This week's book giveaway is in the OO, Patterns, UML and Refactoring forum. We're giving away four copies of Refactoring for Software Design Smells: Managing Technical Debt and have Girish Suryanarayana, Ganesh Samarthyam & Tushar Sharma on-line! See this thread for details.
Hello all: My design is very similar to the one just discussed where I have a RemoteDataConnection class that is a remote object, but not bound to the RMI registry...so each client asks the connection factory in the registry for a remote connection and is issued a reference to a new RemoteDataConnection(data,lockManager) which lives on the server. (data and lockManager are instance variables that come from the connection factory). So, I am having two issues that I would like some insight into: 1) It has been mentioned that we don't need to change the method signatures for lock/unlock to include a "client id" (specifically if we use the connection per client model) Isn't true however that since there is only one locking instance for each data instance that there will need to be some adapter code to map the record number to the connection object? (like in a HashMap?) 2) It has also been mentioned that a business interface is a bad idea as it is not re-usable. In my design, the GUI speaks only to a business interface that defines methods like bookFlight, searchFlights, etc which in turn invoke the appropriate methods on a DataAccess interface (either local or remote). Is this against the requirements set forth by Sun? Should I remove this interface and go with a DataClient that implements DataAccess, but adds methods like bookFlight, searchFlight, etc? Any comments/suggestions would be appreciated! Thanks, Todd Harney
this against the requirements set forth by Sun? Should I remove this interface and go with a DataClient that implements DataAccess, but adds methods like bookFlight, searchFlight, etc?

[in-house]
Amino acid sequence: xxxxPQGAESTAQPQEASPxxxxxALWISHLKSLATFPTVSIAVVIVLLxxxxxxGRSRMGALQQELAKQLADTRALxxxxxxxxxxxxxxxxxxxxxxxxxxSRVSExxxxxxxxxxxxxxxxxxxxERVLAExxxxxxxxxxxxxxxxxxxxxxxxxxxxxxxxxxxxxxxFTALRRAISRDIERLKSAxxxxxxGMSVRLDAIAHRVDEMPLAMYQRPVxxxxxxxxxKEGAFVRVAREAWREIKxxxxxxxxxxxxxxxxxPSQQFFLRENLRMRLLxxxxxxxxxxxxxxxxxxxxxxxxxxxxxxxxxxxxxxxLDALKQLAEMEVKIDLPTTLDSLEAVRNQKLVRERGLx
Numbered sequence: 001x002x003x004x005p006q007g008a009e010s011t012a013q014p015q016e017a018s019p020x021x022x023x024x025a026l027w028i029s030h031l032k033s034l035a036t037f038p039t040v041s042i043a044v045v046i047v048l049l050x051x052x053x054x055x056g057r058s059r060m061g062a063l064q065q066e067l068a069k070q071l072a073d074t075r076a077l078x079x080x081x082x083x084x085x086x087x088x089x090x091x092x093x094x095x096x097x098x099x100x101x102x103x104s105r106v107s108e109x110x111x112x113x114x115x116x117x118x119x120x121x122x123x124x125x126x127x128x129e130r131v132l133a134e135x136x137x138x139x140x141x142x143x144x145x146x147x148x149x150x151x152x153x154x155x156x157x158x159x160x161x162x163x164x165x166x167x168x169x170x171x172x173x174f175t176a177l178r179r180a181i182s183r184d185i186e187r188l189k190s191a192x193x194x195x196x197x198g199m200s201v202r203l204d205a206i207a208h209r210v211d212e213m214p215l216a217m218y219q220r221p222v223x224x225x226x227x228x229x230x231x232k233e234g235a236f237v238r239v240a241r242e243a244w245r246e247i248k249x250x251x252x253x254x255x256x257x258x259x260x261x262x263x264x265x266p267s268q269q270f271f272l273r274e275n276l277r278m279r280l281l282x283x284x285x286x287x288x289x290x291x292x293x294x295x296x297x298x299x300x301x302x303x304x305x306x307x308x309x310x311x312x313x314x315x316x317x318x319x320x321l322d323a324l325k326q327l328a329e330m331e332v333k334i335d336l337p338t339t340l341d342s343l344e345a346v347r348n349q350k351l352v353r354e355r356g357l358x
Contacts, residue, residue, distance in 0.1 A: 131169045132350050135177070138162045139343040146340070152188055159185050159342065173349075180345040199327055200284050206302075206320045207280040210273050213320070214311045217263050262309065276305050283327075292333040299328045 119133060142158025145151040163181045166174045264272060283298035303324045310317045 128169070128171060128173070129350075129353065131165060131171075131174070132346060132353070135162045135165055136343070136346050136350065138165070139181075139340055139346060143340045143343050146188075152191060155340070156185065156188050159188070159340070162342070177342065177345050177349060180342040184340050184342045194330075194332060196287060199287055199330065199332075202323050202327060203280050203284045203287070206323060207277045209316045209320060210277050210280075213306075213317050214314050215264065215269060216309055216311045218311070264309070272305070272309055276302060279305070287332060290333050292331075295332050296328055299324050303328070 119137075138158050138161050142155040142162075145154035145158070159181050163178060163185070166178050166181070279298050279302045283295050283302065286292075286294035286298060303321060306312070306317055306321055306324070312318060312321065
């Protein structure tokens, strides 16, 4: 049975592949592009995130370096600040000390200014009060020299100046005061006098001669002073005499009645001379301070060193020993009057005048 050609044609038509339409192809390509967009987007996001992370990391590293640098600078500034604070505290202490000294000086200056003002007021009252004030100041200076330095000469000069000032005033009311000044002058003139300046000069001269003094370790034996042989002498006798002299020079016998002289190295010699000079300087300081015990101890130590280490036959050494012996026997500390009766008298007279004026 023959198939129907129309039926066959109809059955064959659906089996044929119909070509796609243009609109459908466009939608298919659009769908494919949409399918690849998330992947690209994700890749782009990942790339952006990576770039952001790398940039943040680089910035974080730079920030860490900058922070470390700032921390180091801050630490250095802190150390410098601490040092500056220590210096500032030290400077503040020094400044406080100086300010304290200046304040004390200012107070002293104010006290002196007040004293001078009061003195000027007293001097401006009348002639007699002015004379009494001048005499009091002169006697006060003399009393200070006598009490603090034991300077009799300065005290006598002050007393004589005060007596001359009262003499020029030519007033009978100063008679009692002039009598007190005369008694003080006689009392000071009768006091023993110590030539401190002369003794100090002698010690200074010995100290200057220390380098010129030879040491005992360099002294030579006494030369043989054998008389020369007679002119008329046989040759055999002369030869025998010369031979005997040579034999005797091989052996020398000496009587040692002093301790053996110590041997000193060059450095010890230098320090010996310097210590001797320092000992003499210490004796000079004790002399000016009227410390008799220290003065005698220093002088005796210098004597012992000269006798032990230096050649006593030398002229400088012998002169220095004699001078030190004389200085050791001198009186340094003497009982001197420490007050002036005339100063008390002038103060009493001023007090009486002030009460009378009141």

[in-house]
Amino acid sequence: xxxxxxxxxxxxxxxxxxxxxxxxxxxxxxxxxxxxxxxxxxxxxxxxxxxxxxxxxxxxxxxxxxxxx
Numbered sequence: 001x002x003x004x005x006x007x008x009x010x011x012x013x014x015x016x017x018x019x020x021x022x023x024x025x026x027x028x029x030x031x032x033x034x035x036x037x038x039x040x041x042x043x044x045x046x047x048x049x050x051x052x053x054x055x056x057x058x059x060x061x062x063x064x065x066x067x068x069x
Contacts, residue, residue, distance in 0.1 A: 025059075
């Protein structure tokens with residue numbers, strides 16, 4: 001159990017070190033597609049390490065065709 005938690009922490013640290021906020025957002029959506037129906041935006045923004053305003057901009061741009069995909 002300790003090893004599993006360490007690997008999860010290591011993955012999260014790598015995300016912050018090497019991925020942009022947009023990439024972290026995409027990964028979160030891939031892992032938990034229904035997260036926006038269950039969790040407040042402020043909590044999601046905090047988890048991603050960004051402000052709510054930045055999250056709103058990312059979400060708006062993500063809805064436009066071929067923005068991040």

No, I had a DataAccessFacade class which is the same thing. Only the facade isn't reusable, but to make another for other cases is easy, and actually easier than passing the interface with all the data class methods Even though you have one instance of LockManager, that class it to hold all the locks of all the clients. The Connection object that each client has can have it's own HashSet to track the locks that the client has, and only pass an unlock through to the Data class is that record is in their own HashSet. Mark
Mark, Did your facade class then implement the Data access interface? Or did it contain an instance variable of type DataAccess? Thanks for the help! Todd Harney PS - Regarding the lock manager class, you're saying that the lock manager itself has a mapping of record numbers to connection objects? And then each connection object has its own mapping as well? I guess I was not clear on that point. My remote data connection has a reference to the data class and the lock manager class. I thought I was just going to add a lock, let's say, for record 1 in the mapping with the connection object as the value...effectively mapping each locked record number to a presumably unique remote data connection object reference. Is that not correct..or is it misguided?
Joined: Jan 25, 2002
I think I see now... Each remote connection has its own set of locks for itself...this way we can guard against some other client trying to unlock a record that wasn't his, right? Let me know if I am way off base here. Thanks, Todd Harney
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